Data alert

ASCOT: New Insights on Aggressive Risk Factor Intervention to Prevent Major CV Events In Hypertensive Patients

Cardiovascular (CV) disease remains the leading cause of death in the United States, claiming more lives each year than the next four leading causes of death combined.1 Clearly, this justifies a search for conditions that contribute to CV disease risk. Hypertension and hyperlipidemia are extremely common conditions that often coexist, and when they do, the odds for cardiac events are multiplied.2,3 For example, in the Framingham Heart Study, when blood pressure (BP) >120 mg/80 mm Hg and cholesterol (total-C) >200 mg/dL coexisted, the risk for CV events increased exponentially. Among men aged 40 to 59 years at baseline who died of coronary heart disease (CHD), 87% had BP >120/80 mm Hg and 92% had a total-C level >200 mg/dL.2

The Anglo-Scandinavian Cardiac Outcomes Trial (ASCOT), a study of BP- and lipid-lowering in over 19,000 patients, provides compelling new evidence of the importance of aggressive risk factor intervention to prevent major CV events in patients with hypertension.4-7 Previously, Steno-2, a study in 160 patients with diabetes and microalbuminuria, demonstrated that aggressive target-driven treatment to simultaneously lower BP, glucose, total-C, and triglycerides produced a 53% reduction in CV death, nonfatal myocardial infarction (MI) or stroke, revascularization, and amputation over 7.8 years compared with usual care.8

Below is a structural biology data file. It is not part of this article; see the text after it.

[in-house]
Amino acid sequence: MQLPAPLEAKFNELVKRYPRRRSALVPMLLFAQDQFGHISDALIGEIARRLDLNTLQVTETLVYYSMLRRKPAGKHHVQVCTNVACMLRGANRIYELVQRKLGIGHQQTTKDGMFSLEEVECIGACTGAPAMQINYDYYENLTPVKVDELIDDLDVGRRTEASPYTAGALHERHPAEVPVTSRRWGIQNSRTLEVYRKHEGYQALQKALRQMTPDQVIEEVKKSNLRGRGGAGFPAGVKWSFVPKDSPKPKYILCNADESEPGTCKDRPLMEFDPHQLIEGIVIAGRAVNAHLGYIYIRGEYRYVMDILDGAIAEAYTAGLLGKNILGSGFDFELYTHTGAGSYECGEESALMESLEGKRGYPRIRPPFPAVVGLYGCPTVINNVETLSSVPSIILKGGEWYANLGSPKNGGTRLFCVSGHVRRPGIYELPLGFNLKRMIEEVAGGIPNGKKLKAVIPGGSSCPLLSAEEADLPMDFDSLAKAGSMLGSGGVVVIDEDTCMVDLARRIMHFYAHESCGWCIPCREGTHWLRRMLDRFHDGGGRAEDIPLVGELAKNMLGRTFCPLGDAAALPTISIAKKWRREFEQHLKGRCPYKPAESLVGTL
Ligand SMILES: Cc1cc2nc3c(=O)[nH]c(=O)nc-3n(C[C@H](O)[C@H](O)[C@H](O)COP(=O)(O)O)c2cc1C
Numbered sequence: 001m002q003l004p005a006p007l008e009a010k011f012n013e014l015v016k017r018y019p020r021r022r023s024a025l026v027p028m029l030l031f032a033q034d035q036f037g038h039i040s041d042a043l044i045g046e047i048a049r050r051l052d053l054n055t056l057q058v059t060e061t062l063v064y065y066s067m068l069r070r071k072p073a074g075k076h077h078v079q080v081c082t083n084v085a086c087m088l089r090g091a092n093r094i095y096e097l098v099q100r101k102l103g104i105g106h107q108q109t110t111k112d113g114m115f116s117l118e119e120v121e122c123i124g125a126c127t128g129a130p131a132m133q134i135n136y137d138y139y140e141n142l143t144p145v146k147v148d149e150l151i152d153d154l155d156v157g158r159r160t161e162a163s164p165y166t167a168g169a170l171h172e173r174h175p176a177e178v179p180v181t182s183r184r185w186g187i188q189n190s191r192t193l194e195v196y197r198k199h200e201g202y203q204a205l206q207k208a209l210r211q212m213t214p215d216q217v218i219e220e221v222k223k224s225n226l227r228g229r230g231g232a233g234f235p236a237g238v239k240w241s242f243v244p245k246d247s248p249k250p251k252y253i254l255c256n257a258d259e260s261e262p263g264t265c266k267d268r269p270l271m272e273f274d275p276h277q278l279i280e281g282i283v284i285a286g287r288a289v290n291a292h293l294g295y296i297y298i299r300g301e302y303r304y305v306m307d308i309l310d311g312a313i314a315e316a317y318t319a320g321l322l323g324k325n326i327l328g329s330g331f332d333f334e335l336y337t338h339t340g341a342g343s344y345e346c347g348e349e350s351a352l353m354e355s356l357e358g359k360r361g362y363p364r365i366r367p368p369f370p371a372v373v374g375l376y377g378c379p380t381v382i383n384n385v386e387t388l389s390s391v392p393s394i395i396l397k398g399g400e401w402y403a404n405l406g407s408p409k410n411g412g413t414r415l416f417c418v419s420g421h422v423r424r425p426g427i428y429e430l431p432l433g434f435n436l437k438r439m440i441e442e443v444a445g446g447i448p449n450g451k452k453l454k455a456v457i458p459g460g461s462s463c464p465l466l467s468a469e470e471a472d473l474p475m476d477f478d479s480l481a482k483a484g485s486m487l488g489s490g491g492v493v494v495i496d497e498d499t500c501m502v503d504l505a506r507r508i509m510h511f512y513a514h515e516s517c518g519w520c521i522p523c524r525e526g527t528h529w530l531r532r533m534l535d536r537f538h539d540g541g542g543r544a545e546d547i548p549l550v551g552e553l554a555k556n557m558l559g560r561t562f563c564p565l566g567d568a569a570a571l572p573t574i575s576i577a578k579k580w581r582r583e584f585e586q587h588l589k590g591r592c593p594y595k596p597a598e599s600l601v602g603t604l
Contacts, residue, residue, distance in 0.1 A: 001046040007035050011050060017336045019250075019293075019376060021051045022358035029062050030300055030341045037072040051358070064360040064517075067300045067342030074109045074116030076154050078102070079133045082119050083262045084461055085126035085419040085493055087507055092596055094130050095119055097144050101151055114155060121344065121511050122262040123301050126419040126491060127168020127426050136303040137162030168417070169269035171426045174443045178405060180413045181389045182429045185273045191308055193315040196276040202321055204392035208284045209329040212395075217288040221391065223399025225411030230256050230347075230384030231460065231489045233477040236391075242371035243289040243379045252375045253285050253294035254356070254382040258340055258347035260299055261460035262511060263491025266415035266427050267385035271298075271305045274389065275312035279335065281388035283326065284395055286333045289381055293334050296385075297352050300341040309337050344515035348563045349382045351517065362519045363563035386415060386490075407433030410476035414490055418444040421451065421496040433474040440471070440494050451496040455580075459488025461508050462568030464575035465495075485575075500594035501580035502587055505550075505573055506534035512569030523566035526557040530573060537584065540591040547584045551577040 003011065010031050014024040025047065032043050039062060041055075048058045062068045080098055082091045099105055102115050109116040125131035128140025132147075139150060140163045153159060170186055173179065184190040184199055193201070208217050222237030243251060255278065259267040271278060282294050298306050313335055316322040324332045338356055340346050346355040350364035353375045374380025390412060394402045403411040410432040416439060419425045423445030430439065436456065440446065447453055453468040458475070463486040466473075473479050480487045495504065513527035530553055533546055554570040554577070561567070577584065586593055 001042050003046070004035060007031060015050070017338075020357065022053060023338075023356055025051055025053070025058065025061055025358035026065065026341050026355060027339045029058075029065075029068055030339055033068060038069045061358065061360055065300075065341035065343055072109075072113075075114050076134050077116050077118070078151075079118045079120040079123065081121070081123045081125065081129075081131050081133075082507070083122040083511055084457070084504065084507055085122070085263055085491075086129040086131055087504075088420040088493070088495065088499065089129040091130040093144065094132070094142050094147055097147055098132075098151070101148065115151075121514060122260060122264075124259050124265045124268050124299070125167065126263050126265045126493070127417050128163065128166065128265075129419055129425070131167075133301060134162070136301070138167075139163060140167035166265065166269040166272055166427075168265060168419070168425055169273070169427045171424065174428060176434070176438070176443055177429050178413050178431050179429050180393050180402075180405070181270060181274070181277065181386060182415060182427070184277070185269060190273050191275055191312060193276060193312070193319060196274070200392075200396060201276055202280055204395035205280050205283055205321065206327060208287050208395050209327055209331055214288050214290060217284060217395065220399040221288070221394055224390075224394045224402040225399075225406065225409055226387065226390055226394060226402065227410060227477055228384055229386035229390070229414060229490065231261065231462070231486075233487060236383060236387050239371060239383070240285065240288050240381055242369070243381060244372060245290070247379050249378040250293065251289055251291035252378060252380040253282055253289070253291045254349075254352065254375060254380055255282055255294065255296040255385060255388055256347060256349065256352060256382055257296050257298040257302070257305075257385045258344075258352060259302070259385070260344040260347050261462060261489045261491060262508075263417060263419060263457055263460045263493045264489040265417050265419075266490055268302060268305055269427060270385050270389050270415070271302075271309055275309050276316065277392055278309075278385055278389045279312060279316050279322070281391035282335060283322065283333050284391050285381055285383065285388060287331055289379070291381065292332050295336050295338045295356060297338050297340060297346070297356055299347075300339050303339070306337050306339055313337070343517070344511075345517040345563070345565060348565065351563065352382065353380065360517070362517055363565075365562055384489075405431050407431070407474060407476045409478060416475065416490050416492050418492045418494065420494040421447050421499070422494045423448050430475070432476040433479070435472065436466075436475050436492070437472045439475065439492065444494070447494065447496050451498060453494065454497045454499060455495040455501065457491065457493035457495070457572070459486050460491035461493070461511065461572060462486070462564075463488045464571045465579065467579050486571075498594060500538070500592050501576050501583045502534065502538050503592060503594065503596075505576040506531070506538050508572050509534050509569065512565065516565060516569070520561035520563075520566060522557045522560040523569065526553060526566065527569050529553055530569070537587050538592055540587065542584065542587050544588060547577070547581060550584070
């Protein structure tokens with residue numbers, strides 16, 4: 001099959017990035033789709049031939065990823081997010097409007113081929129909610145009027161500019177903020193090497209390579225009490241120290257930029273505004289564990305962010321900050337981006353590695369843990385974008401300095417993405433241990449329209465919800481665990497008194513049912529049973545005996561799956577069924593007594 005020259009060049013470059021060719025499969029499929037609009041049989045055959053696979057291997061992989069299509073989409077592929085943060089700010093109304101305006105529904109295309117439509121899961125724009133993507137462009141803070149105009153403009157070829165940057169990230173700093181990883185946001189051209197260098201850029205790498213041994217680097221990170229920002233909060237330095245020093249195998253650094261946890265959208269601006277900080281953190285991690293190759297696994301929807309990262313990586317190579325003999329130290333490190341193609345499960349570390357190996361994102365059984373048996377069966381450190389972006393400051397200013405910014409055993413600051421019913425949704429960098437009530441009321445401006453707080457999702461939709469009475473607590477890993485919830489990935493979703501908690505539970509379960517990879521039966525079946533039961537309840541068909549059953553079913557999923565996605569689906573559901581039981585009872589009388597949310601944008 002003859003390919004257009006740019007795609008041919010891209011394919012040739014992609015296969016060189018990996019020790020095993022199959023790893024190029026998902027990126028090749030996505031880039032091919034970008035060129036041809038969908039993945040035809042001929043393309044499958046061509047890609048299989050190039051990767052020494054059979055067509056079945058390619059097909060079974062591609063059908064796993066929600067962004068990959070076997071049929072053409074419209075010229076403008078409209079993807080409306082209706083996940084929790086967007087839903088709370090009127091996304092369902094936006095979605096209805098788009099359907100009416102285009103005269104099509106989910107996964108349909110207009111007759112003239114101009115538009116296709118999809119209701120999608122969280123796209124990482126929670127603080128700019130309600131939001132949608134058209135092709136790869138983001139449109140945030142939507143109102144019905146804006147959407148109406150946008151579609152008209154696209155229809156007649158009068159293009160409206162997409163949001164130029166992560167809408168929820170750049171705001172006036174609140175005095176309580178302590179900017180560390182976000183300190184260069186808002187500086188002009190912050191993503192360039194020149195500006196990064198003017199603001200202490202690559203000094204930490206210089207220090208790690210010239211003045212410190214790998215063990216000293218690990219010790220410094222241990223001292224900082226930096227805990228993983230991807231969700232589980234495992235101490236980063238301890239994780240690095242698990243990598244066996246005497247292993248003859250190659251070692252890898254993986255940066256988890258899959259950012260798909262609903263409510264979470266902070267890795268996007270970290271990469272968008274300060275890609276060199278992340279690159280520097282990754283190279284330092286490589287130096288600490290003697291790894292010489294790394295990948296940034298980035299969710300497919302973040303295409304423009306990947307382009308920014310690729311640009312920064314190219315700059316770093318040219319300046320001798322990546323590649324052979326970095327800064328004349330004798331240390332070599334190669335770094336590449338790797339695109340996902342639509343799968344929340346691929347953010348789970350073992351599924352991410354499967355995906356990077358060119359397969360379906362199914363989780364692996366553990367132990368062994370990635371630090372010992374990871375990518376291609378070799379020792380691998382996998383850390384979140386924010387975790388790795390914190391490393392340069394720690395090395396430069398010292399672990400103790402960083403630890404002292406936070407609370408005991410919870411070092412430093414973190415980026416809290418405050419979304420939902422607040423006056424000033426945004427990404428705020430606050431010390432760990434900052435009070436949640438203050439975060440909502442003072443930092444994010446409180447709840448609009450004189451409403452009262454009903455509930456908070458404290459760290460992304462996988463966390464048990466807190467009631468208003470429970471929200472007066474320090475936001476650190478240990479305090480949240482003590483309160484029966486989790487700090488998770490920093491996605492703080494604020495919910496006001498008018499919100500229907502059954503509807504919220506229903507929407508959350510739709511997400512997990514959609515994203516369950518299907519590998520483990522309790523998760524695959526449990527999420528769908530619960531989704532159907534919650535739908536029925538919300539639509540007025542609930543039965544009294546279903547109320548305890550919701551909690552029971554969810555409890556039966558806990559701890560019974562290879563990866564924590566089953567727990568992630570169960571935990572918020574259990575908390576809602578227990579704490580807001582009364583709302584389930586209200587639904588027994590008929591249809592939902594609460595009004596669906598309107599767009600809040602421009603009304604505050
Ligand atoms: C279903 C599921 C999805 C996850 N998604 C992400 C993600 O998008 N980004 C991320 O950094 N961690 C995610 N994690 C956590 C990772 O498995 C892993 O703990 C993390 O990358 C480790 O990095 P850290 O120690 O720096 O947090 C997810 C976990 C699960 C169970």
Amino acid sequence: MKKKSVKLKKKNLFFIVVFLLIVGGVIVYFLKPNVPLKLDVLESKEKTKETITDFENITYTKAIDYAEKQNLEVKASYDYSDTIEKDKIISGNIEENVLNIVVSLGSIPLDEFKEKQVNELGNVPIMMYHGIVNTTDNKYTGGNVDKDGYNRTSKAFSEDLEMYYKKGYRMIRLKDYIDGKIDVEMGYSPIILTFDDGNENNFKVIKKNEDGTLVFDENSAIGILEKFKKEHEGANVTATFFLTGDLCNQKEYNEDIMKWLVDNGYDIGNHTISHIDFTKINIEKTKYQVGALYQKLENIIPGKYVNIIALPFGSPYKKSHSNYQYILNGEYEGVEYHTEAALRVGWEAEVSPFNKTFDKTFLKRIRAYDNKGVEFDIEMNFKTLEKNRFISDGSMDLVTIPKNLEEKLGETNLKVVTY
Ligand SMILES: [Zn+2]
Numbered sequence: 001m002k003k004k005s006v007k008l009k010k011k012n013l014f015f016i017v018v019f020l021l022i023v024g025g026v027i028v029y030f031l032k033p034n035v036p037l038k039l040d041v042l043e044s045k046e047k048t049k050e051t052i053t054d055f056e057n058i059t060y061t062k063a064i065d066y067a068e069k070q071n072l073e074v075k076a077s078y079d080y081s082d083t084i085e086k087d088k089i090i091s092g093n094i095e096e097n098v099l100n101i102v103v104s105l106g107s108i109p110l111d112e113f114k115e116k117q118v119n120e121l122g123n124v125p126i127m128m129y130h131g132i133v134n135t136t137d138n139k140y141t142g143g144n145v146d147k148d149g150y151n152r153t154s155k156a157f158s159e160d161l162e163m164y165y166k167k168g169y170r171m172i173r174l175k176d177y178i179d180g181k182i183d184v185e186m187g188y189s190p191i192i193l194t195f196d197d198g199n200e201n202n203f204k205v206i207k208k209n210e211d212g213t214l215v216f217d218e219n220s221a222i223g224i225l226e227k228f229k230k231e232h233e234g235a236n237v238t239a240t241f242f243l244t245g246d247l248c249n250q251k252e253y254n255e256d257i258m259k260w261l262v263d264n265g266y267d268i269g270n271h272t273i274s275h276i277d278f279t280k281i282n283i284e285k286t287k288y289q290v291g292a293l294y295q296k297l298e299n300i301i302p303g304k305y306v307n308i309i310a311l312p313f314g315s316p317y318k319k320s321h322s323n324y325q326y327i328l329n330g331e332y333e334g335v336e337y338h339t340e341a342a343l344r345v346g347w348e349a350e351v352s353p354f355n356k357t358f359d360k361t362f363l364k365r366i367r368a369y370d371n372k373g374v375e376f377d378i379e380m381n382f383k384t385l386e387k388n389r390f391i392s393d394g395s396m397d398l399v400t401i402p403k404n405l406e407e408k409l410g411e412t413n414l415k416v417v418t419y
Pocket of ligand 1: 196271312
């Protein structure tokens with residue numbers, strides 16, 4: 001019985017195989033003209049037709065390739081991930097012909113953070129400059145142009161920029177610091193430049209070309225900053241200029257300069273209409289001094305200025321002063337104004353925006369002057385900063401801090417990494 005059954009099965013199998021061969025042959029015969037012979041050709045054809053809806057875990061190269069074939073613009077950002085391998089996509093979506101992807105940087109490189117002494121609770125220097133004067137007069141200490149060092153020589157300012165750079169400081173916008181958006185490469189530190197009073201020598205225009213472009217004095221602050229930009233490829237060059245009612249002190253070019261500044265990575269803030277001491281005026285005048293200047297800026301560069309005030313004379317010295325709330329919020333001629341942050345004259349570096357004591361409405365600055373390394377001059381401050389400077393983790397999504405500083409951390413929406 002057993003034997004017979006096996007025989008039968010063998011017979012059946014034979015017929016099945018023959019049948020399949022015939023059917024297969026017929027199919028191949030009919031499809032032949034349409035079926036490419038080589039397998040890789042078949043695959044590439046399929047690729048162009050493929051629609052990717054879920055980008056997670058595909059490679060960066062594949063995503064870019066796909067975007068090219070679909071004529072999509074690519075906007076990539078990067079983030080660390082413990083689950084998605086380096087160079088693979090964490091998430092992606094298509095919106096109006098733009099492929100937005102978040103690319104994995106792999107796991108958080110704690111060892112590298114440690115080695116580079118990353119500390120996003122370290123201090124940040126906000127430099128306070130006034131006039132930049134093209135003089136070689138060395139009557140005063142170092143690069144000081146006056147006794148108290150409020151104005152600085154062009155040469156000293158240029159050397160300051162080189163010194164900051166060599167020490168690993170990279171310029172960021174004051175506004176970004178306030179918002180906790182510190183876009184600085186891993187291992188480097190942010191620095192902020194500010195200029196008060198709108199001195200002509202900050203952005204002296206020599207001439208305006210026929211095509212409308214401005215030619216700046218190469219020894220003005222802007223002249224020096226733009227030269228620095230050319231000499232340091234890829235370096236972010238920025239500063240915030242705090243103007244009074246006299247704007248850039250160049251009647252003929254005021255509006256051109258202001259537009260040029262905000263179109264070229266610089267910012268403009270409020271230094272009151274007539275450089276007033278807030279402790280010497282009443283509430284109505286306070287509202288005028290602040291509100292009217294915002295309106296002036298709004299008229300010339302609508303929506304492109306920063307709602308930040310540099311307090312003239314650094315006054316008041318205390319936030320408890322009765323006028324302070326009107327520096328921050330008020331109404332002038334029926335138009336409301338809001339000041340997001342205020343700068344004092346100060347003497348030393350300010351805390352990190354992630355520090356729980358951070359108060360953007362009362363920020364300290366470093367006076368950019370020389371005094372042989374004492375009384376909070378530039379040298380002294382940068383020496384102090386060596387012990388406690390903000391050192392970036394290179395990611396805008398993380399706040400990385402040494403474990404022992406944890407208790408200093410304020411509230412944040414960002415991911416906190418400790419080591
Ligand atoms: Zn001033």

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ASCOT and Steno-2: Aggressive risk reduction benefits two different patient populations

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ASCOT and Steno-2: Aggressive risk reduction benefits two different patient populations ASCOT: Patients had hypertension and ≥3 other risk factors, fitting a common clinical profile ASCOT-BPLA: Reduction in primary outcome (nonfatal MI and fatal CHD) ASCOT: Risk reductions with the amlodipine/perindopril regimen CAFE asked whether newer vs older BP treatments have differing effects on central aortic BP CAFE: Central aortic pressure is lower with the amlodipine/perindopril regimen CAFE: Lesser ability of β-blockers to reduce augmentation wave ASCOT: Lipid lowering is beneficial regardless of baseline cholesterol level ASCOT: Greater gain with statin + CCB/ACE inhibitor vs statin + β-blocker/diuretic

References are listed at the end of the Data Alert.


Related at vwbg.org

ASCOT-LLA: Extending benefits of statins to hypertensive patients

Hypertension and hypercholesterolemia frequently coexist and the interaction of these important risk factors increases cardiovascular risk considerably.

Results from ASCOT-BPLA: A nglo- S candinavian C ardiac O utcomes T rial-Blood Pressure Lowering Arm

ASCOT-BPLA compared two combination antihypertensive regimens in 19,257 hypertensive patients with 3 or more other CV risk factors.

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